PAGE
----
Brian's Blog

…one man's contribution to the Weeeeerly Wild World

Earth Day and Spring

It was Earth Day yesterday and in addition to this I have been enjoying comings of spring.

When I moved into my own place a few years ago the garden was somewhat overgrown; okay, “somewhat” is an understatement but I have to remind myself about how it was like; wall-to-wall brambles aside from a narrow pathway someone had cut in order to check out the septic tank.

With the help of my brother we gradually cleared out all the brambles and my garden magically transformed into something that does indeed resemble a garden; I’m in no way green-fingered, anything I have attempted to grow from seed has not done so well, so I kind of try and let my garden do its own thing when it comes to what plants are going to grow. We did manage to dig out some bushes (okay two of them were pulled out with the aid of my neighbour’s little digger) and transplanted in a more suitable location and the bulk of these have done well; even the ones I thought would surely die due to the lack of roots left on them have sprouted their dandelion-resembling yellow flowers. I then shuffled some rocks around the area surrounding their base and formed a little wall, before scattering some grass seed (this being the only seed that has done well and I now have a patch of lawn there).

Each year I’ve enjoyed the arrival of spring; out on the roads when cycling along I recognise the changing phases of colour appearing; first the snowdrops, then the daffodils, and then, or rather, now, the bluebells; my garden experiences the same. It feels somewhat magical because I didn’t put these things there, they just appear of their own accord.

In the distance, my “mound of golden daffodils”

In addition to the flowers coming and going I’ve also had a variety of wildlife in my garden too. When I moved in there was a birdbath to which I attached a bird-feed holder. It was a shame when the birdbath got decapitated by over zealous roofers, but I constructed a new holder for the bird-feeder and the birds were non-the-wiser.

I’ve never been a birdwatcher by any stretch of the term; I can recognise a robin, blue-tit and swallow, but I’ve gradually learned what a few other visitors are too, especially when something new and colourful… or entertaining arrives. This year I’ve had a chaffinch come-a-knocking on my window; he does this numerous times throughout the day, on a few different windows, it turned out he sees his reflection in the glass and deems it a threat and attacks. Some would find this annoying; I find it amusing, although at first I thought he was being sociable and charming to me.

Then I spotted a similar-sized bird in the garden with striking yellow stripes on its wings, and when the next day I saw the red colouring on its face I was informed it was a goldfinch; I have now seen the pair of them. I love seeing the pairs of birds; I had a pair of collared doves visiting regularly and was somewhat saddened when there was then only one.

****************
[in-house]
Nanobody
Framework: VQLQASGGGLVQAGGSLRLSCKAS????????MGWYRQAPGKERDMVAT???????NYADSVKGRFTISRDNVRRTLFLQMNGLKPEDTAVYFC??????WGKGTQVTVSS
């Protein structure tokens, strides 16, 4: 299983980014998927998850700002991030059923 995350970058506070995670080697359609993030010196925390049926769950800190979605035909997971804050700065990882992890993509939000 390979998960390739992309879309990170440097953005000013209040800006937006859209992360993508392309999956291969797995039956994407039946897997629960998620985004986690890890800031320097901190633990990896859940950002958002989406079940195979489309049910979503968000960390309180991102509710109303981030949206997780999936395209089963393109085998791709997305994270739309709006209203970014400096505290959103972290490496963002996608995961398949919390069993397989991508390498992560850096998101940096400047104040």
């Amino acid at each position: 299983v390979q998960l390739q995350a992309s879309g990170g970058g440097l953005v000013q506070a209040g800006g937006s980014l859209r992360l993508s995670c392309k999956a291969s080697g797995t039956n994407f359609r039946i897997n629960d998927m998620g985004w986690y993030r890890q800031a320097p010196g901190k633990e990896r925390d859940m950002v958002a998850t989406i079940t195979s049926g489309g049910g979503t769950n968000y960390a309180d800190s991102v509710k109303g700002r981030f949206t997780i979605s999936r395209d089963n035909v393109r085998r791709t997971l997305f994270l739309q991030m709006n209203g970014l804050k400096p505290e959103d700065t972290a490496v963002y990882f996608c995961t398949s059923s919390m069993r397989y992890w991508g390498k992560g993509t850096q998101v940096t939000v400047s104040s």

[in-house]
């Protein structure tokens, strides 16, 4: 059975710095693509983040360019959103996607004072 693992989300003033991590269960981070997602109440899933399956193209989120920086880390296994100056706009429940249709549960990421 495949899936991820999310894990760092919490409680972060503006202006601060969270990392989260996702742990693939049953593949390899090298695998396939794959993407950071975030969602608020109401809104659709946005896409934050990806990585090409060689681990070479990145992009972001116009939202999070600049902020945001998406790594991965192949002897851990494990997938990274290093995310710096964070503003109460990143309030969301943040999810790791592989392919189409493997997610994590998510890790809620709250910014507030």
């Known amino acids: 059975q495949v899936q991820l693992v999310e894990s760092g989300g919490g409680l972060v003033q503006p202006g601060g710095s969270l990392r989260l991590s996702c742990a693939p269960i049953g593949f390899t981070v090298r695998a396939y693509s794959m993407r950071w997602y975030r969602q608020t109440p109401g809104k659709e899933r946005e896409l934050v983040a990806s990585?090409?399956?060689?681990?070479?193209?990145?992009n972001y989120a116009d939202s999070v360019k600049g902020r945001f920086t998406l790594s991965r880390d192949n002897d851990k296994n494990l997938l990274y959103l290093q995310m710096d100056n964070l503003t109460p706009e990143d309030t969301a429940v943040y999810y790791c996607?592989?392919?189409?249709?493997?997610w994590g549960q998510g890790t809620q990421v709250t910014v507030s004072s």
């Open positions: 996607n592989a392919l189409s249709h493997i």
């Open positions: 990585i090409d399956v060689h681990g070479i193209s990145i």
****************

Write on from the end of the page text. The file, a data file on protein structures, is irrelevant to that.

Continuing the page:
I’ve also seen a pair of rabbits playing in my garden. At first it was only one young one that I would see regularly throughout the day – this is new feature to my garden this year and I was childishly informing people on the run up to Easter that I had the Easter bunny residing in my garden. He and the chaffinch put a smile on my face each and everyday, even when I saw the rabbit sniffing round my much-enjoyed rhubarb plant I didn’t wish him gone.

That rhubarb plat was again something that was already there but after doing the final bit of heavy-handed clearing towards the end of last year, I feared it had been left un-protected by the surrounding weeds and perhaps wouldn’t survive the winter, but I’m very pleased to see that the leaves have suddenly appeared again and it’s visibly growing larger by the day; it will be soon time for more daily doses of rhubarb crumble; yummy.

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2 comments on “Earth Day and Spring

  1. taskerdunham
    23 April, 2017

    Good to see a wildlife-friendly garden. More and more in our village are covering both front and back with flagstones. People just don’t seem to want to spend time gardening any more. When it’s house after house it makes it into a wildlife desert. Gardens don’t have to be tidy and sterile. Ours is always slightly overgrown with a deliberate wild section, but it’s great because we get butterflies, breeding birds and families of hedgehogs.

    • Brian
      23 April, 2017

      Oh I love hedgehogs; I always think a garden is blessed to have one of those. I’ll certainly keep my garden “wildlife-friendly”, it’s a source of entertainment.

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This entry was posted on 23 April, 2017 by in Green Living, Photography and tagged , , , , , , , , .
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